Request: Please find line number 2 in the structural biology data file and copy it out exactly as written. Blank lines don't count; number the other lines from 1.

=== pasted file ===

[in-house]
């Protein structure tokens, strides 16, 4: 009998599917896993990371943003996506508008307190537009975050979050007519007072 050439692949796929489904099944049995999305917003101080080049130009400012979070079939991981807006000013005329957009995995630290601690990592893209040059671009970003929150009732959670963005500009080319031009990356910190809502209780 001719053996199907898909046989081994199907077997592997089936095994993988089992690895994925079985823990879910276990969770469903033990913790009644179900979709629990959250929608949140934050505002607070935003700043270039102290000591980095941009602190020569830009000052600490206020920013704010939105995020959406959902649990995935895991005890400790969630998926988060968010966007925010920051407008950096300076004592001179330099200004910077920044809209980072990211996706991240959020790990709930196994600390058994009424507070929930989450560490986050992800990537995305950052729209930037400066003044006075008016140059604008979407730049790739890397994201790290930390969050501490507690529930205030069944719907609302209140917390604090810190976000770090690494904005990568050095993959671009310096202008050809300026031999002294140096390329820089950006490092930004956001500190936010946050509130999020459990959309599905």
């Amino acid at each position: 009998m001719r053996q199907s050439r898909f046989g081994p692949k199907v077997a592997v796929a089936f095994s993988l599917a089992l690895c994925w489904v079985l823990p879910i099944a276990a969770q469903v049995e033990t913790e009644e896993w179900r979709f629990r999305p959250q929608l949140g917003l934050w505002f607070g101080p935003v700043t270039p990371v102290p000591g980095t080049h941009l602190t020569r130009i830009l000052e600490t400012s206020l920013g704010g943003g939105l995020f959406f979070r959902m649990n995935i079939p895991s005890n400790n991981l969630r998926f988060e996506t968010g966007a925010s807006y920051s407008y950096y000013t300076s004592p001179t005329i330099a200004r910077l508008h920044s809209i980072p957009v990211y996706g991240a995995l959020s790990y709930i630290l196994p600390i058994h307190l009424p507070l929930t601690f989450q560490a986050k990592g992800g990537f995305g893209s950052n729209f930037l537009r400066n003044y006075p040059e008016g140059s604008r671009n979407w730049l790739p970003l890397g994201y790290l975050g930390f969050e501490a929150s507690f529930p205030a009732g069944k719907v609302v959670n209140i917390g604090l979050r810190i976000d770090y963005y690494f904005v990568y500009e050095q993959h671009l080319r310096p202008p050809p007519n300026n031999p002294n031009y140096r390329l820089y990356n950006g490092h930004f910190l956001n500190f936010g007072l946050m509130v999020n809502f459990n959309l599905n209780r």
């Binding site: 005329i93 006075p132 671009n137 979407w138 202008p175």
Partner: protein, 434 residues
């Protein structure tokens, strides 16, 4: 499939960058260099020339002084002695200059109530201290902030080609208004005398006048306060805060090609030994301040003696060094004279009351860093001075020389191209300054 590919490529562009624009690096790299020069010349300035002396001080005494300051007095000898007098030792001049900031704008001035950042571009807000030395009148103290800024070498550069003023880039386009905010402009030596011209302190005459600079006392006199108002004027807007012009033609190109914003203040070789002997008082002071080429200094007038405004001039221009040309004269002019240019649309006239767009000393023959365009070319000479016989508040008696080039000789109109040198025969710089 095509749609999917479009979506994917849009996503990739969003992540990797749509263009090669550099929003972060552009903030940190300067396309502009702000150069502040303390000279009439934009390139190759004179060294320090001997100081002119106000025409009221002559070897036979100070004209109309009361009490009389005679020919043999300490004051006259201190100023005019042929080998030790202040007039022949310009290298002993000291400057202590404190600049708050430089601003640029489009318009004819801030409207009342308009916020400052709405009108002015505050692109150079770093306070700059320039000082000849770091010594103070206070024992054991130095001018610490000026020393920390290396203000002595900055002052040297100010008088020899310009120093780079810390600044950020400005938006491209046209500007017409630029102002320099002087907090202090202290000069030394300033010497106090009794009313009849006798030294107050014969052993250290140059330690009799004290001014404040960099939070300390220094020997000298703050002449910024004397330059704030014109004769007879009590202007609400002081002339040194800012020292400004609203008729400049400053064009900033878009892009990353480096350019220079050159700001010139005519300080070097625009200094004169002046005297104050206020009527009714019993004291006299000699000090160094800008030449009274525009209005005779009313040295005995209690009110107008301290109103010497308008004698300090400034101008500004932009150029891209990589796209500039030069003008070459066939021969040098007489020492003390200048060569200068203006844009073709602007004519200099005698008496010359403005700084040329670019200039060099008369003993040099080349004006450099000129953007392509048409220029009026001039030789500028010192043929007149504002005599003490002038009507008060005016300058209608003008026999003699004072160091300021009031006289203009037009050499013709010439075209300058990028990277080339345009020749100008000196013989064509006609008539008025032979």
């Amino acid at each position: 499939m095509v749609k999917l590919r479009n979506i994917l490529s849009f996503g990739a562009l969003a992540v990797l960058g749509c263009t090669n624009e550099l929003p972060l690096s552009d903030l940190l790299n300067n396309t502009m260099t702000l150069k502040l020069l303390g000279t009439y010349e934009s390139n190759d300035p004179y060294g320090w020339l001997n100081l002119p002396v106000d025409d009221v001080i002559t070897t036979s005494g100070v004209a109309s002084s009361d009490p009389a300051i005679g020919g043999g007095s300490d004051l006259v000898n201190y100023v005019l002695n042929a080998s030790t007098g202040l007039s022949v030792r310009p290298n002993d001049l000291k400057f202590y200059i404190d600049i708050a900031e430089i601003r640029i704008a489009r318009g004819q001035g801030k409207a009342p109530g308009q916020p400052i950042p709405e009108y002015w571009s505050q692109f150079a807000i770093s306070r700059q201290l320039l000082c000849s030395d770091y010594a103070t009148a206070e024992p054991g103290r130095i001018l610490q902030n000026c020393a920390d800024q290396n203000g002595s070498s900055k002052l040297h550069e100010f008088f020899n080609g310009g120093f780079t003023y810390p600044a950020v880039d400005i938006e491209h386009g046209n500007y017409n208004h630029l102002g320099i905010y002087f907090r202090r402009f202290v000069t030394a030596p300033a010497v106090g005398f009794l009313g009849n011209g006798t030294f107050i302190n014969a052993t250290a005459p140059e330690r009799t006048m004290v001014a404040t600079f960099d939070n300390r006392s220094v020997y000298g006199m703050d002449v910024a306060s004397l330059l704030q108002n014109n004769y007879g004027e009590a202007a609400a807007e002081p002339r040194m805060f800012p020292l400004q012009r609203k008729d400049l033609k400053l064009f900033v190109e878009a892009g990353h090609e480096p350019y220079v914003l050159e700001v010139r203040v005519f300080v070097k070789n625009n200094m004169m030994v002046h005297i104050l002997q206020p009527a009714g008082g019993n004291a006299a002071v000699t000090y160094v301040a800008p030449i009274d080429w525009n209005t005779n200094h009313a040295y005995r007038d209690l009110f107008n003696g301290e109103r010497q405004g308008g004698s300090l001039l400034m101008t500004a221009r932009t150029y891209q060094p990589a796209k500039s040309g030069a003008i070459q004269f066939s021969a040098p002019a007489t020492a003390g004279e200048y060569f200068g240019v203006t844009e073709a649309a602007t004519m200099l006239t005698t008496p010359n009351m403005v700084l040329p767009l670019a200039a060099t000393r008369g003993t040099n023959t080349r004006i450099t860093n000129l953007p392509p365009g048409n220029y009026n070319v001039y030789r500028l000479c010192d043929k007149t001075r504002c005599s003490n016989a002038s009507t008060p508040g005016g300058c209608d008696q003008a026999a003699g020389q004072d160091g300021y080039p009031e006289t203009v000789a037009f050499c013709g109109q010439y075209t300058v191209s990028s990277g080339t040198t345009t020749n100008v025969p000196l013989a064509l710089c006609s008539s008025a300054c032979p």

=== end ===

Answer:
């Protein structure tokens, strides 16, 4: 009998599917896993990371943003996506508008307190537009975050979050007519007072 050439692949796929489904099944049995999305917003101080080049130009400012979070079939991981807006000013005329957009995995630290601690990592893209040059671009970003929150009732959670963005500009080319031009990356910190809502209780 001719053996199907898909046989081994199907077997592997089936095994993988089992690895994925079985823990879910276990969770469903033990913790009644179900979709629990959250929608949140934050505002607070935003700043270039102290000591980095941009602190020569830009000052600490206020920013704010939105995020959406959902649990995935895991005890400790969630998926988060968010966007925010920051407008950096300076004592001179330099200004910077920044809209980072990211996706991240959020790990709930196994600390058994009424507070929930989450560490986050992800990537995305950052729209930037400066003044006075008016140059604008979407730049790739890397994201790290930390969050501490507690529930205030069944719907609302209140917390604090810190976000770090690494904005990568050095993959671009310096202008050809300026031999002294140096390329820089950006490092930004956001500190936010946050509130999020459990959309599905």